The Sun (Lowell)

Smart denies report about Ime Udoka

Veteran guard says team has moved on

- By Steve Hewitt stephen.hewitt@bostonhera­

MIAMI >> The cloud of Ime Udoka’s dismissal has hovered over the Celtics all season. For most of the year, they seemed to handle the challengin­g circumstan­ces well. But as they hit adversity in the Eastern Conference Finals, the topic resurfaced.

With the Celtics on the brink of eliminatio­n, ESPN’S Adrian Wojnarowsk­i reported that the players never came to grips with the departure of Udoka, who was issued a season-long suspension on the eve of training camp in September and ultimately let go in February after he committed violations of team policies.

“This team, this locker room, they never got over Ime Udoka’s dismissal as head coach,” Wojnarowsk­i reported. “These players did not accept the organizati­on’s reasoning for doing it. They thought it was a wild overreacti­on.”

At Tuesday morning’s shootaroun­d prior to Game 4, Celtics guard Marcus Smart denied that Udoka’s dismissal was still affecting them.

“No. No. Regardless of if Ime was here or not, we’re the ones out there playing,” Smart said. “We gotta go out there and play. Joe (Mazzulla) does a great job of putting us in the right positions. They come up with a game plan. It’s on us. There’s only so much any coach can do for you out there as a player. At some point you gotta look at yourself and figure it out.”

The Celtics were clearly shaken in September after Udoka’s sudden departure, as they publicly questioned the decision, and it seems they never got the answers they wanted to hear about it. Some players continued to publicly defend and support Udoka throughout the season, especially after he landed on his feet and was named the new head coach of the Rockets in April.

Meanwhile, the Celtics have supported Mazzulla, who took the job under difficult circumstan­ces. There have been obvious challenges with the first-year

head coach, and his inexperien­ce has been exposed throughout the playoffs and especially in this series against the Heat and veteran coach Erik Spoelstra. Mazzulla took the blame for their horrific Game 3 loss — repeating several times that he didn’t get the Celtics ready for a must-win game — and admitted that the C’s have lost some of their defensive identity that was so prevalent last season under Udoka.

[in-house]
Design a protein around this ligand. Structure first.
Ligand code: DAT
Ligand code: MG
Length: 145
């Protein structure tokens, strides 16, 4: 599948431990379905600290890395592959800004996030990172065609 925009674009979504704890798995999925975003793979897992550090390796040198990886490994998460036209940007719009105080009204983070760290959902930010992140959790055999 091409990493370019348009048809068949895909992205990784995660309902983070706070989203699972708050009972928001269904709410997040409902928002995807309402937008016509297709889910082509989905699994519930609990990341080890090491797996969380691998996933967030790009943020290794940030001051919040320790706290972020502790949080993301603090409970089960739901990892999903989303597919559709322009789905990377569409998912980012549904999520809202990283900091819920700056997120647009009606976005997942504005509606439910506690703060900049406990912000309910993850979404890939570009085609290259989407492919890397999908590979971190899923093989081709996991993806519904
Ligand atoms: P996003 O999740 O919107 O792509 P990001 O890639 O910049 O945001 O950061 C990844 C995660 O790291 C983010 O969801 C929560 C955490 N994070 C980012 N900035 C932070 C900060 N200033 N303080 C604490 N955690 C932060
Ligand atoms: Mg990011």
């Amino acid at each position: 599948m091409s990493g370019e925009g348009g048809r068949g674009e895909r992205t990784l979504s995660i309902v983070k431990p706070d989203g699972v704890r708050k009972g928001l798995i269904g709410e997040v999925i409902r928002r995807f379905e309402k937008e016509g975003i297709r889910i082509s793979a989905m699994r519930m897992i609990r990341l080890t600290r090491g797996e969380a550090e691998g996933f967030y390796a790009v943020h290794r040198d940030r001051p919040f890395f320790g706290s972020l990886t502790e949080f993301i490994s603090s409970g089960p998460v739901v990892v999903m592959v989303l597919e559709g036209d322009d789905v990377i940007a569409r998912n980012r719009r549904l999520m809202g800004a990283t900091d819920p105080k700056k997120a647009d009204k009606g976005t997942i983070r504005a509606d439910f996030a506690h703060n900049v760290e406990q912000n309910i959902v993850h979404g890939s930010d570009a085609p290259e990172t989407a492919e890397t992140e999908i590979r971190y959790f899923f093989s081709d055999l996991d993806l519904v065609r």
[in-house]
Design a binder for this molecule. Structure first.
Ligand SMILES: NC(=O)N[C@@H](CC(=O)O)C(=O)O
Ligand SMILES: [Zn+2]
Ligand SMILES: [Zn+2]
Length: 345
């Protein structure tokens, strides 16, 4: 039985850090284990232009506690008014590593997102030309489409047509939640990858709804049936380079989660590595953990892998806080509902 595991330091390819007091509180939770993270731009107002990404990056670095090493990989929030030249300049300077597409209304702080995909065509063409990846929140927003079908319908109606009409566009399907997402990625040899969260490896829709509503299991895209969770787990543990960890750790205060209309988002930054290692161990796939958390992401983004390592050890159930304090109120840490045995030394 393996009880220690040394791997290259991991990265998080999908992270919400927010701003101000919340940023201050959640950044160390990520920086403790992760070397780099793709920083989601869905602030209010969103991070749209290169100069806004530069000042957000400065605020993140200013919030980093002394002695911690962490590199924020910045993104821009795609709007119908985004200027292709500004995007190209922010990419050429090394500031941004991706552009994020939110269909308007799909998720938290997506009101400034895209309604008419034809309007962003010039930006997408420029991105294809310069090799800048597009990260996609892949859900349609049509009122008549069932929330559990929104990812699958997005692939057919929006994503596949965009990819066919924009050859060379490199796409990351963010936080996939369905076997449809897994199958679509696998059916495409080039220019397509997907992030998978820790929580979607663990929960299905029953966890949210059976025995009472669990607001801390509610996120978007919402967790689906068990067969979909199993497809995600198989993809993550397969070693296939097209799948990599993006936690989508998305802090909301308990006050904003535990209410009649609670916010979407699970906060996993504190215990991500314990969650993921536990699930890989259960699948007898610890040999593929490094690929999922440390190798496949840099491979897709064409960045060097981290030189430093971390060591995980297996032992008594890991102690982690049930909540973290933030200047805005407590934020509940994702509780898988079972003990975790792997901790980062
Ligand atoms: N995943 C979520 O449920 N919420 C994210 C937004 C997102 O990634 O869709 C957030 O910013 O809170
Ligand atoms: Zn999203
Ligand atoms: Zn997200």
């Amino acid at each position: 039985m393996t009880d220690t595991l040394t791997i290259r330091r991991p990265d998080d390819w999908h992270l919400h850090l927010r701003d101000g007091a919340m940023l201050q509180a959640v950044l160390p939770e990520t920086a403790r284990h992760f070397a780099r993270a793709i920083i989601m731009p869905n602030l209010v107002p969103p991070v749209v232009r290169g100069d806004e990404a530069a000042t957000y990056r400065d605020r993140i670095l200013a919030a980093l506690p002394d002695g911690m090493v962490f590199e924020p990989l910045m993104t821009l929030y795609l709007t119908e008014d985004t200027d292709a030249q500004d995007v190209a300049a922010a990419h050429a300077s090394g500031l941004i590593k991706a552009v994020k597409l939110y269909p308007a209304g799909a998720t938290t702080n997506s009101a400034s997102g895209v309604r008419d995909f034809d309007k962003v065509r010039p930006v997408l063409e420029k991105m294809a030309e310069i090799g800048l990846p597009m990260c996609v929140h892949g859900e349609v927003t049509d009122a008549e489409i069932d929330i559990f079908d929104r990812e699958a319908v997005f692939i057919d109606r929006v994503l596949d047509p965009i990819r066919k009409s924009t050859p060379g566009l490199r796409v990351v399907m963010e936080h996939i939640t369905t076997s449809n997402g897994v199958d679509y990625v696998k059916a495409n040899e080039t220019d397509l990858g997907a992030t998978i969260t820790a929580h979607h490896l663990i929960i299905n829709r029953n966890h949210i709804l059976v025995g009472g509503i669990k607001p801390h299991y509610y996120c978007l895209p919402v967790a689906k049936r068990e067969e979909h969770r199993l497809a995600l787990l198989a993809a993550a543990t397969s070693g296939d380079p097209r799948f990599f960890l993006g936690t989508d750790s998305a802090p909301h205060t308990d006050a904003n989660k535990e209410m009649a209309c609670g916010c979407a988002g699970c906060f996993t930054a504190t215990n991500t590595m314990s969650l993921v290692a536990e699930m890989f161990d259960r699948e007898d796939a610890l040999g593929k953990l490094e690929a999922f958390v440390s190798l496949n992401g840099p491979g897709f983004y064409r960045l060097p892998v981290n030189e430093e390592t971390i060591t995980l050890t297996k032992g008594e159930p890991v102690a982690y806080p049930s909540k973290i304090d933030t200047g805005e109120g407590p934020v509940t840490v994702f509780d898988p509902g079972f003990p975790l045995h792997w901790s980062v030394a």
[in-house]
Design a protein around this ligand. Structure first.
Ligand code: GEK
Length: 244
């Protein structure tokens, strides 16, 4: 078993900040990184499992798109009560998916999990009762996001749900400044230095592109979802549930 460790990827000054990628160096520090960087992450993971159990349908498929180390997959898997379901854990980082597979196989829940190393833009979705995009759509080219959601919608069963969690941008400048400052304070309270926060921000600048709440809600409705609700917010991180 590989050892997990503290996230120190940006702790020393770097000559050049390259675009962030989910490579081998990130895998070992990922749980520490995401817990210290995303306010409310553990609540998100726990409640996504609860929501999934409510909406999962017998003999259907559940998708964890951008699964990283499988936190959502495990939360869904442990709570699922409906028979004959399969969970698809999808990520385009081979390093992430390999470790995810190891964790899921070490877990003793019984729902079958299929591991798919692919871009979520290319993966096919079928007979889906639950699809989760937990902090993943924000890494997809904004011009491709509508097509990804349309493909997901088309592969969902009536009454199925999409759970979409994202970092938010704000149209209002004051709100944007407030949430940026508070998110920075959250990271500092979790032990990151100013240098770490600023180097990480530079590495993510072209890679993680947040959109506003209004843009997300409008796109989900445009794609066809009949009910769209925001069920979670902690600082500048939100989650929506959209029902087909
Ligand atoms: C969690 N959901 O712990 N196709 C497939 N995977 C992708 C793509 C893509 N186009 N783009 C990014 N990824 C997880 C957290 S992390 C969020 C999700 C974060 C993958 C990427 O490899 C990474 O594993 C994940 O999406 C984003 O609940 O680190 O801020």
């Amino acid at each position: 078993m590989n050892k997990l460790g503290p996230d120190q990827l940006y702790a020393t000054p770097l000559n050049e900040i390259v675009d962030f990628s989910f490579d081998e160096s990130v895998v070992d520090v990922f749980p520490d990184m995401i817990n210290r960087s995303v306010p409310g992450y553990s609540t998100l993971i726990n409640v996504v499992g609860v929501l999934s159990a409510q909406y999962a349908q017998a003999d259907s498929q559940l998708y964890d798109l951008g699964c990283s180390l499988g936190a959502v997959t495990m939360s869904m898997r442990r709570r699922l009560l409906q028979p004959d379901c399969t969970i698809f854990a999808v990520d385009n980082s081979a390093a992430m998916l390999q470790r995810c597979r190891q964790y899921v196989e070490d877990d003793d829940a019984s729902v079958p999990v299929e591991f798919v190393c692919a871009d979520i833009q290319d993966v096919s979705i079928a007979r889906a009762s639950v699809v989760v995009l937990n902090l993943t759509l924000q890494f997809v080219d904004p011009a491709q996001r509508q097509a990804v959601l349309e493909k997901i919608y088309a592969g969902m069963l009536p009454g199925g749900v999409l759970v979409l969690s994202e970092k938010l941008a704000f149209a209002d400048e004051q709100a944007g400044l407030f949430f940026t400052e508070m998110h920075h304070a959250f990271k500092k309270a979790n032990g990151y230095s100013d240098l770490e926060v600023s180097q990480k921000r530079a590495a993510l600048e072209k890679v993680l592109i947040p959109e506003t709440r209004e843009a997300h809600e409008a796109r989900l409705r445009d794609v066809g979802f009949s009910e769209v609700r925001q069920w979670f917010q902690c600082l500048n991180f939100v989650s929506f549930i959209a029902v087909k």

“That’s Joe. That’s who Joe is,” Smart said. “He’s a competitor. He wants to be perfect, he wants to do everything right. But it’s not on Joe. Joe can’t go out there and check himself

into the game. It’s on us. We appreciate Joe taking it, but everything isn’t on Joe.”

Brown down

Entering Game 4, Jaylen Brown’s shooting in this series had been woeful. He shot 37.7 percent in the first three games, including 2-for-20 from 3-point range. Several of them have been good looks, which included an alarming air-ball at the end of the first half of Game 3 on a wide-open 3-pointer.

During a timeout in Game 1, Brown’s right hand cut open. It’s the same hand that needed five stitches in early April after he suffered an injury at home. But he said Tuesday that it’s not bothering him.

“No, I thought I had some good looks,” Brown said. “Miami does a good job switching back and forth

between zone and man and not trying to let me go to the basket like I want to do. I struggled a little bit trying to find easy ones and get going.”

Respect for Melo

Carmelo Anthony announced his retirement on Monday after he played 19 seasons in the NBA. He leaves the game as a lock to make the Hall of Fame as one of the greatest scorers in league history, finishing ninth on the all-time scoring list with 28,289 points. Anthony certainly has the respect of several Celtics, who were growing up when he was in his prime.

Jayson Tatum modeled some of his game after Anthony and has become close with him, and posted several photos of them together on his Instagram

story after the retirement announceme­nt. “One of my idols. Appreciate everything champ! Congrats on legendary career,” Tatum wrote on Instagram.

Malcolm Brogdon appreciate­s Anthony for more than what he accomplish­ed on the basketball court.

“He’s one of the legends, what he’s done for this league, what he’s done for I think New York, what he’s done for Denver, what he’s done for all the teams he’s played with,” Brogdon said. “But more than anything he’s also been an activist, he’s always been one of the guys that as a young guy in the league you could always talk to, somewhat of a mentor, and I think just a good guy, really setting an example for younger guys how to conduct yourself

and how to respect the game.”


Golden State’s Steph Curry was named the winner of the Kareem Abdul-jabbar Social Justice award by the NBA on Tuesday, and the league will donate $100,000 on Curry’s behalf to the University of San Francisco Institute for Nonviolenc­e and Social Justice. Celtics forward Grant Williams was named one of four finalists and will receive a $25,000 donation to a social justice organizati­on of his choosing. … Heat star Jimmy Butler was fined $25,000 by the league for violating media access rules after he did not participat­e in required media availabili­ty following Miami’s Game 3 win.

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